countries unless it is apparently free of CIBV after suitable tests, e.g. mechanical
inoculation of leaf extracts to C. murale
, DAS-ELISA with CIBV antibodies
(Fargette et al., 1991
Frison & Feliu, 1991
Except where indicated, the above data were obtained by
Fargette et al. (1991)
alfalfa mosaic virus
Jaspars & Bos, 1980)
shape, diameter and, probably, structure of its particles. However, only three
predominant lengths of particle and only three RNA species were found, whereas
alfalfa mosaic virus has four of each. CIBV resembles alfalfa mosaic virus in
infecting species in the Fabaceae and Solanaceae, but its host range is more
limited: of the 19 species not infected by CIBV, 13 (six plant families) are hosts
of alfalfa mosaic virus. Also, the concentration of CIBV in sap is 10- to 100-fold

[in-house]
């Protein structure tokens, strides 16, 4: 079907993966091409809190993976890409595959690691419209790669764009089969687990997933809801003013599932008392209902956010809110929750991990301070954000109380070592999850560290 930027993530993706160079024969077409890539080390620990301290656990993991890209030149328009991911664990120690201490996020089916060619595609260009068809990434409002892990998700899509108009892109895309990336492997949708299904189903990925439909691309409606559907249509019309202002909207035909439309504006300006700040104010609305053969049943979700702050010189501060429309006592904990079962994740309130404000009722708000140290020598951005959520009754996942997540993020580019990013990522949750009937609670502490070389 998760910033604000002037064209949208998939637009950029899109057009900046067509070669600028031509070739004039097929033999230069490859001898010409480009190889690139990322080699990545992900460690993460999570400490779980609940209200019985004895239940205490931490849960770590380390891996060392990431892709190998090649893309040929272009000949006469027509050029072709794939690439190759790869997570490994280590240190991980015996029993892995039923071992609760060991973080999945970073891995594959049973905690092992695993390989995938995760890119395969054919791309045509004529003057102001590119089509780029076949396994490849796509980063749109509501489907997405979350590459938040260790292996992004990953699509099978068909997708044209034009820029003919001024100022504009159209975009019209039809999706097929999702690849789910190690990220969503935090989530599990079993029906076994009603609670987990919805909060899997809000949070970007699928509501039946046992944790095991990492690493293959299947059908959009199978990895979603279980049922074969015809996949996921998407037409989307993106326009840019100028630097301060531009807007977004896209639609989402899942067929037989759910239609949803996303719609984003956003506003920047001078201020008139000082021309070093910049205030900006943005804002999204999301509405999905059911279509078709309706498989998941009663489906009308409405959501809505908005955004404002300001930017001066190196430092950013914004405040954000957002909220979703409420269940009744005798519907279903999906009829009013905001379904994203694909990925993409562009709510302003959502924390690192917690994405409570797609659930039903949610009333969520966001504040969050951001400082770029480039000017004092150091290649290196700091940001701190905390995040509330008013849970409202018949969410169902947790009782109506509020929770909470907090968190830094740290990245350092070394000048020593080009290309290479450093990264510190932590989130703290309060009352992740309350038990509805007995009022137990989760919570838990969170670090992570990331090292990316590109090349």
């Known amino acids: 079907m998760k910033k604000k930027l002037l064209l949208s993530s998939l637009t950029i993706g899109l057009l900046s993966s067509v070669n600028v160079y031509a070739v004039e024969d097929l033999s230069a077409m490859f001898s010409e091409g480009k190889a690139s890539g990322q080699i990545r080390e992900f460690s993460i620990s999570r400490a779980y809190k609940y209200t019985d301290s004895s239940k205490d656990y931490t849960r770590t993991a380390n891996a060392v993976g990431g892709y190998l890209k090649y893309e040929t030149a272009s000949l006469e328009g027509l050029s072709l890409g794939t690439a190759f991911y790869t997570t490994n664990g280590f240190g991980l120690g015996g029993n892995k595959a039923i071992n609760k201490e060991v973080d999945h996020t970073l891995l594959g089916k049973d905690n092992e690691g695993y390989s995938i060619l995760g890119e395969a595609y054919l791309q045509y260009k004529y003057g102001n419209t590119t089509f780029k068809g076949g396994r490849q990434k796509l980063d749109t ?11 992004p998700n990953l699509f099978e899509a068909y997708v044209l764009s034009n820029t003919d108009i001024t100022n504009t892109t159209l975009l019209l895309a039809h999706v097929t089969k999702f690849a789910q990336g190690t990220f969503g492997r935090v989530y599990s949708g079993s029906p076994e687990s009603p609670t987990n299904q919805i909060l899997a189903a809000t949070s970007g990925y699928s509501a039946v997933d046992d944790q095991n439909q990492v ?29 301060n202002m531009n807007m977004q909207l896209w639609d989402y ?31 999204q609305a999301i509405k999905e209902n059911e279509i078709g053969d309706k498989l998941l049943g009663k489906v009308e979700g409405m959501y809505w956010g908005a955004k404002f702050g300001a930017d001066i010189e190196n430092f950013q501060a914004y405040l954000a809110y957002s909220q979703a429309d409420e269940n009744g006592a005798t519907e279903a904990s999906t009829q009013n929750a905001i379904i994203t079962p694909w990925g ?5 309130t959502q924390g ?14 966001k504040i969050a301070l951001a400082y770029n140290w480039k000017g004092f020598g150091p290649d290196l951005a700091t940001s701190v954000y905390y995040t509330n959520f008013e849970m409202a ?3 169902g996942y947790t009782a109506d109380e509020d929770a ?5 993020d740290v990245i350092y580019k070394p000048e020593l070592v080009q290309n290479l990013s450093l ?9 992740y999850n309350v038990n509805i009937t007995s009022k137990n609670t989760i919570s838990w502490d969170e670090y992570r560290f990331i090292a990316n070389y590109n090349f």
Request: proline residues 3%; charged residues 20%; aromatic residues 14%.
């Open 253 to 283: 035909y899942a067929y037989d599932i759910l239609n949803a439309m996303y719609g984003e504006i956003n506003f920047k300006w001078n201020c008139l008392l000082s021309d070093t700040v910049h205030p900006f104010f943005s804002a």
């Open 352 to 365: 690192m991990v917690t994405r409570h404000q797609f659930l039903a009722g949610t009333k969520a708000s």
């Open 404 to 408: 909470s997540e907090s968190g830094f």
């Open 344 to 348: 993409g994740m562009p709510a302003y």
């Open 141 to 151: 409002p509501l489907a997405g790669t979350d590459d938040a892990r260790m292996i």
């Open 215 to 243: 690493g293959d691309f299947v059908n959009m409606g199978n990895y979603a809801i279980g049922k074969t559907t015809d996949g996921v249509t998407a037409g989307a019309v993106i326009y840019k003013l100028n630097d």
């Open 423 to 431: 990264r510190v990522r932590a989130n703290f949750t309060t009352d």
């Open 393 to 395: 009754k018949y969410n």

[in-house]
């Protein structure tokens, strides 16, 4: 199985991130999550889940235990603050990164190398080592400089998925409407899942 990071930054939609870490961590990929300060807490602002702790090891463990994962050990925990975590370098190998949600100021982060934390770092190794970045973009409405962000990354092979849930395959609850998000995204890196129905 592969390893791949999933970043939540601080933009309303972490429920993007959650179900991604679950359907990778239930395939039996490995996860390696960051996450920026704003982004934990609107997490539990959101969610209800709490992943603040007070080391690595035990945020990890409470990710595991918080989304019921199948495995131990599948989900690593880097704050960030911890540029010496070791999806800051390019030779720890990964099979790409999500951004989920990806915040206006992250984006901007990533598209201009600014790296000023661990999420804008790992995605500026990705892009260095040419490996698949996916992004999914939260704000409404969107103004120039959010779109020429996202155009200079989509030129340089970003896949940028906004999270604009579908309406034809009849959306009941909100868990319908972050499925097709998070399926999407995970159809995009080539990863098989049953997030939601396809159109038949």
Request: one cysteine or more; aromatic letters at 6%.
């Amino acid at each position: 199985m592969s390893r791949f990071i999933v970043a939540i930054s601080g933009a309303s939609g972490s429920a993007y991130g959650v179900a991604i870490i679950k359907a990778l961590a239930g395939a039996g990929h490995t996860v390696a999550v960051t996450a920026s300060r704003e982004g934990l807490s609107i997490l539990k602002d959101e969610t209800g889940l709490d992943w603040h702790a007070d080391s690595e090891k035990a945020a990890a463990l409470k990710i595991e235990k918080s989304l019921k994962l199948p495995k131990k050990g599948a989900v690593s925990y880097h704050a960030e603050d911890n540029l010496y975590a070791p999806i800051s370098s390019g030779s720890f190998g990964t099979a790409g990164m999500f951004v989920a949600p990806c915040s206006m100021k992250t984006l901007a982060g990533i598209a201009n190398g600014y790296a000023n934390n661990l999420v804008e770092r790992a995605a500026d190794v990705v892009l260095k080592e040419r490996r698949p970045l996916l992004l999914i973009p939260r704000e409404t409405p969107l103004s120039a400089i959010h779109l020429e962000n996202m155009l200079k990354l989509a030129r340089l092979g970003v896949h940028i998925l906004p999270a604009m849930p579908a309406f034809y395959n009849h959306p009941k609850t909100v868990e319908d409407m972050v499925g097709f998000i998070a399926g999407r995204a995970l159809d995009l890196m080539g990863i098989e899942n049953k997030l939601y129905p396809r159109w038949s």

less than that of alfalfa mosaic virus, no relationship between the two viruses
could be detected by ISEM and only a very distant, and dubious, relationship
could be found by DAS-ELISA. Evidently CIBV is a distinct virus. It is
considered to be a tentative member of the genus Alfamovirus.
- Aiton, Lennon, Roberts & Harrison, Abstr. 5th Int. Congr. Pl. Path. Kyoto, p.43, 1988.
- Fargette, Roberts & Harrison, Ann. appl. Biol. 119: 303, 1991.
- Frison & Feliu (eds), FAO/IBPGR Technical Guidelines for the Safe Movement of Cassava Germplasm, 47 pp, FAO/IBPGR, Rome, 1991.
- Hull, Adv. Virus Res. 15: 335, 1969.
- Jaspars & Bos, CMI/AAB Descr. Pl. Viruses 229, 7 pp., 1980.
- Johnson & Argos, In The Plant Viruses. 1. Polyhedral Virions with Tripartite Genomes, p. 19, ed. R. I. B. Francki, Plenum Press, New York,1985.
Necrotic lesions in inoculated leaf of C. murale.
Systemic necrosis in C. murale.
Necrotic spots in inoculated leaf of C. quinoa.
Systemic stunt and necrosis in C. quinoa.
Purified particles of CIBV (18 nm wide) negatively stained with
Purified particles of CIBV negatively stained with uranyl acetate.